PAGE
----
Directors: Georgi Vasilyev, Sergei Vasilyev
Writers: Anna Furmanov, Dimitri Furmanov (novel),
Stars: Boris Babochkin, Leonid Kmit, Varvara Myasnikova
The film was awarded as "Best Foreign Film" by US National Board of Review in 1935 and Grand-Prix of Paris World Affair in 1937. By poll of cinema critics (1978) the film is considered as one of the best 100 films in the world history. After the release of the film, Chapaev and his assistants Petka and Anka became Russian folklore characters. This trio, together with their political comissar Furmanov is present in high amount of Russian jokes.
"The whole country will watch Chapayev" thundered the Soviet daily Pravda on 21 November 1934 in its first editorial devoted to a single film. And indeed, a staggering proportion of the country did go and see it. The film's run-away success might seem a touch curious in retrospect. After all, the film was a paragon of Stalin's repressive credo for the arts, Socialist Realism. However, overwhelmingly in its favour, Chapayev was the first film to be made in the USSR to have a hero who was truly Russian and not Soviet. Now the film is on show again.
The October revolution was far from sufficient to deliver Russia into Bolshevik hands and the civil war which followed gave ample stories for the Party to rewrite the national book of myths and heroes with a new slant. One such hero was Vasiliy Ivanovich Chapayev and the legends which surrounded him were written up as a novel by Dmitri Furmanov, Chapayev's Political Commissar (the Party's man keeping an eye on what their commanders were up to).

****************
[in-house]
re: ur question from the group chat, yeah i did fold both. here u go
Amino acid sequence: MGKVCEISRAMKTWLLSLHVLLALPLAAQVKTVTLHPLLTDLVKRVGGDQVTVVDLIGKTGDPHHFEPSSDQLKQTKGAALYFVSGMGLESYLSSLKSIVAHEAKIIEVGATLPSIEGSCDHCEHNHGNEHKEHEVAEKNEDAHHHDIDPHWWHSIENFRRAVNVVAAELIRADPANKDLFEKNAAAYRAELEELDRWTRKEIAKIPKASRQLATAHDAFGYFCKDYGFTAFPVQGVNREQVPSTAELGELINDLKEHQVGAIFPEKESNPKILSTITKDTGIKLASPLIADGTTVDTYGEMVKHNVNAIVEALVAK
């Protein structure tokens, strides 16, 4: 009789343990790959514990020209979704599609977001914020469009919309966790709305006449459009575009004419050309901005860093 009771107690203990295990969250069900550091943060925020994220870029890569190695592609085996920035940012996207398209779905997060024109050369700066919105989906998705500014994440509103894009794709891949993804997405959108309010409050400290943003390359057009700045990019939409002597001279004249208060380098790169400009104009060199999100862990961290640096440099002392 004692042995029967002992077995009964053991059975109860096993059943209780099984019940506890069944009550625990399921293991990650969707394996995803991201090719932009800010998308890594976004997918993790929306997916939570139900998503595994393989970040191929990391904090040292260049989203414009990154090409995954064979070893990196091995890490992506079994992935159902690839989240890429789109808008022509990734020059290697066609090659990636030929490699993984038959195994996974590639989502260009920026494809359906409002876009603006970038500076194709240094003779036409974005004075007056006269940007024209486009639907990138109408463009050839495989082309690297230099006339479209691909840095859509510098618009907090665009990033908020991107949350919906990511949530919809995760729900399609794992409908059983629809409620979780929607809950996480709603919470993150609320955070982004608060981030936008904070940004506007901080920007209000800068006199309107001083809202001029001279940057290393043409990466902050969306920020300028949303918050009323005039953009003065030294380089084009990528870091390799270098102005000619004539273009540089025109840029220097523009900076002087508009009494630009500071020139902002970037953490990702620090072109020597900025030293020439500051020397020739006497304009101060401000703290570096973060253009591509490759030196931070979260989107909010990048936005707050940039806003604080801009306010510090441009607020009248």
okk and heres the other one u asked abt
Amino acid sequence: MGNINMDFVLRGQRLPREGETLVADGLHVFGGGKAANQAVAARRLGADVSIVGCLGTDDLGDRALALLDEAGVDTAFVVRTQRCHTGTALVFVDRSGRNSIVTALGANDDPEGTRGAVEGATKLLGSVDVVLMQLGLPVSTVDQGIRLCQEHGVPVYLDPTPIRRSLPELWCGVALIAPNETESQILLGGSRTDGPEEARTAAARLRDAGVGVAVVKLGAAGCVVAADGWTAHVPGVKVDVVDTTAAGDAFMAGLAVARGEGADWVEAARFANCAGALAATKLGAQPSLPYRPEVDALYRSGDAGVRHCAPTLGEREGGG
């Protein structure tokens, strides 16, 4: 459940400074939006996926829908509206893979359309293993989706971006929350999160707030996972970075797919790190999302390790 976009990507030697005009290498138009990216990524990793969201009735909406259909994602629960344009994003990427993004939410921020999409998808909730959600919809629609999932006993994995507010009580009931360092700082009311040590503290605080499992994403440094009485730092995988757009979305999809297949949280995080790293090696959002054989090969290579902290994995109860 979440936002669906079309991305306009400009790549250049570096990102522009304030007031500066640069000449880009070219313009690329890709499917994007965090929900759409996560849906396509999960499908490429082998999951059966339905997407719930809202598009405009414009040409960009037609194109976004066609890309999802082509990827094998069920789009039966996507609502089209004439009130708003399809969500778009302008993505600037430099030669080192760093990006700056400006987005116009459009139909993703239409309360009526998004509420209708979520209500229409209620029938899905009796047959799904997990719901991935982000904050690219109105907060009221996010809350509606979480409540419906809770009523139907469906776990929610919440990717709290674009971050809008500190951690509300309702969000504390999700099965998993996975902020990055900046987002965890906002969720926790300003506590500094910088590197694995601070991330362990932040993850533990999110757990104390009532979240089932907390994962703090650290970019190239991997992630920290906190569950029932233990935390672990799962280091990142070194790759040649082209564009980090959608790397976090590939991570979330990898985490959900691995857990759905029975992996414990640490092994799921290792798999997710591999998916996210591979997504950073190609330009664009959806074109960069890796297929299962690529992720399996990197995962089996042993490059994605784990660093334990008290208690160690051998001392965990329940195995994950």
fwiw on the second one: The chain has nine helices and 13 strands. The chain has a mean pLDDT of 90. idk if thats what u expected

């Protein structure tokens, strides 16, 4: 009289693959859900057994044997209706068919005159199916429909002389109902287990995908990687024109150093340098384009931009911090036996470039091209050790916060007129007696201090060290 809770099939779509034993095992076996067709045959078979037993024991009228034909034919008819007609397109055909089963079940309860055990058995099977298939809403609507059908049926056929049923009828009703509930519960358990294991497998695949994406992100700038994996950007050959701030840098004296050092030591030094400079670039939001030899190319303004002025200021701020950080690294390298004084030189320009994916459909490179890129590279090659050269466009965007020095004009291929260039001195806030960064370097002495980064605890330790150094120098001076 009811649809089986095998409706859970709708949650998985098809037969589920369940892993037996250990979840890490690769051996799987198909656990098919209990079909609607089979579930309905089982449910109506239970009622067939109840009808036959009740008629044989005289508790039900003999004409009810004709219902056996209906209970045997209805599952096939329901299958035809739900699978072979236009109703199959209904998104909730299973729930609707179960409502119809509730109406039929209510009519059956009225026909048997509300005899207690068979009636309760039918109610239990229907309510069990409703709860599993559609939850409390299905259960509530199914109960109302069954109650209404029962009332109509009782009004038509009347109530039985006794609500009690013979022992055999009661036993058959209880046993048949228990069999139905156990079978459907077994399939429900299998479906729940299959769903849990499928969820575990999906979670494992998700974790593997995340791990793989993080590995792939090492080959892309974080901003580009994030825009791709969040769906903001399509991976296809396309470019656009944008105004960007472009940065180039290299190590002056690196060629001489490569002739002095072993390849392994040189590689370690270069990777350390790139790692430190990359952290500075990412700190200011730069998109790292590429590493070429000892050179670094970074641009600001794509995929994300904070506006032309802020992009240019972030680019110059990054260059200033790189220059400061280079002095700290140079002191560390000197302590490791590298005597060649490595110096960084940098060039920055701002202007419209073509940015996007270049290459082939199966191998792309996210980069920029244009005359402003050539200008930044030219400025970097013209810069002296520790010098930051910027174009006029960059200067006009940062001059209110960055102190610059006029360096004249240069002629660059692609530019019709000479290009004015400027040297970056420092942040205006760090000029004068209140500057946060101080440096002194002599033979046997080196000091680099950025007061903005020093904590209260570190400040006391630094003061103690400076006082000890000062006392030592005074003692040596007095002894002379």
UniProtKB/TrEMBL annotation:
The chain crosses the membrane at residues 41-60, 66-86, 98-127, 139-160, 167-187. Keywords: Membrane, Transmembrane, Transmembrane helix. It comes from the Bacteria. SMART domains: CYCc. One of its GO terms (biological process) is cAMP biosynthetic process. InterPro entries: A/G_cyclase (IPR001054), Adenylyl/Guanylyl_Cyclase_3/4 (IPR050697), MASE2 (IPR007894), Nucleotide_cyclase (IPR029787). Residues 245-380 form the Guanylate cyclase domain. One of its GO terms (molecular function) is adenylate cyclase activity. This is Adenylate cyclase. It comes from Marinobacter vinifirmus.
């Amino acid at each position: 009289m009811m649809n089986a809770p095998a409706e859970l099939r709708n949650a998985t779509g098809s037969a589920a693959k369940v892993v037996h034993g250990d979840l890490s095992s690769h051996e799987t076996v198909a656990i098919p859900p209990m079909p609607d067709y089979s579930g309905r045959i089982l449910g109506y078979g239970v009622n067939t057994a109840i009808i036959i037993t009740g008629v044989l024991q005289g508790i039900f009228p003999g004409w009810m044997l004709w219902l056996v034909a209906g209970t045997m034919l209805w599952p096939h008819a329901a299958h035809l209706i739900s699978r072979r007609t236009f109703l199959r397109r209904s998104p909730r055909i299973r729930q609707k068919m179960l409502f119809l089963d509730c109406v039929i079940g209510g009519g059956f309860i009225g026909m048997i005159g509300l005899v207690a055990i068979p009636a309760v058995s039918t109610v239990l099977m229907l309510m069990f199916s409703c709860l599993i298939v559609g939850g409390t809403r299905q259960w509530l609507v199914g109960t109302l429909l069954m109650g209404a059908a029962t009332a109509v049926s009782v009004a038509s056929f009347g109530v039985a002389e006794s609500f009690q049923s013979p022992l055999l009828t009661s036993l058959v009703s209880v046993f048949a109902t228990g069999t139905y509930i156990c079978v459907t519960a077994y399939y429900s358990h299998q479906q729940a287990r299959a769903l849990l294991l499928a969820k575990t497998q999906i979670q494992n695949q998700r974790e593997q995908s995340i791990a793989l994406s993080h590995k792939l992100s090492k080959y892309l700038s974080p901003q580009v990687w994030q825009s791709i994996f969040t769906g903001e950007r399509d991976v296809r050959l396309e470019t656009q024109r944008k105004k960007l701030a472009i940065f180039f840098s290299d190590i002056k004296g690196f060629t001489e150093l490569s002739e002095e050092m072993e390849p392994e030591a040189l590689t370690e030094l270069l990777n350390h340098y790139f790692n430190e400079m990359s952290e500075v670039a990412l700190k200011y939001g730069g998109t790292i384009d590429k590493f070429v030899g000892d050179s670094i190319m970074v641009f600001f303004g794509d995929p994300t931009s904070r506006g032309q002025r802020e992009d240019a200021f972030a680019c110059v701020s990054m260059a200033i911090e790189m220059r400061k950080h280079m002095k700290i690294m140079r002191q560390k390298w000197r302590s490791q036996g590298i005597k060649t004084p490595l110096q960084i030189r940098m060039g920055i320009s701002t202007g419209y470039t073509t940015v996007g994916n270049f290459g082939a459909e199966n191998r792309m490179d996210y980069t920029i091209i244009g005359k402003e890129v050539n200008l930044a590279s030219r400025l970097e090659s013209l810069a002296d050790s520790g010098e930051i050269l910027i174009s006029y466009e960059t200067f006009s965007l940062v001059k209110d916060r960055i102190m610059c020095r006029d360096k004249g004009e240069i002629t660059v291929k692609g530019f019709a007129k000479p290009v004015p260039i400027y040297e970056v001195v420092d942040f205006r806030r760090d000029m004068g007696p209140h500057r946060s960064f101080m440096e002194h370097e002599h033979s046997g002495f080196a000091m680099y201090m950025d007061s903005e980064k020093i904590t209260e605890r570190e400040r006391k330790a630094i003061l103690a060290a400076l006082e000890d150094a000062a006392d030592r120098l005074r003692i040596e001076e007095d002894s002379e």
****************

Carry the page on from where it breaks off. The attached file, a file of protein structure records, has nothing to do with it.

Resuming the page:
The film Chapayev (1934) by the Vasiliev "brothers" (actually they weren't brothers at all) was based on the novel. Like the book, the film tells the tale of the changing relationship between Chapayev, or just plain Chapai to those who know him well - and the resented commissar sent to keep him "on-message". Whereas the book renames the commissar Klychkov, the film restores the name Furmanov to the character. Chapayev is almost everything a Party man could wish for in a hero: an illiterate carpenter with a fearsome willpower to see the Red Army to win and a raging thirst to educate himself. His men adore, respect and fear him - his enemies just respect and fear him. Although Chapayev's attitude toward Furmanov remains frosty, the legendary commander takes his message on board and when Furmanov gets transferred to another division, the farewell is a tearful and emotional one, such is the bond that has grown between the two men.
Finally, Chapayev's men are surprised at night by the monarchist "Whites" and Chapayev has to be dragged away wounded from his machine gun cursing in his particular way of referring to himself in the third person "Chapeyev never retreats". The hero meets his end swimming across a river and his faithful adjutant, Petka, dies giving him covering fire, both seconds before the cavalry arrives over the hill to drive the Whites back.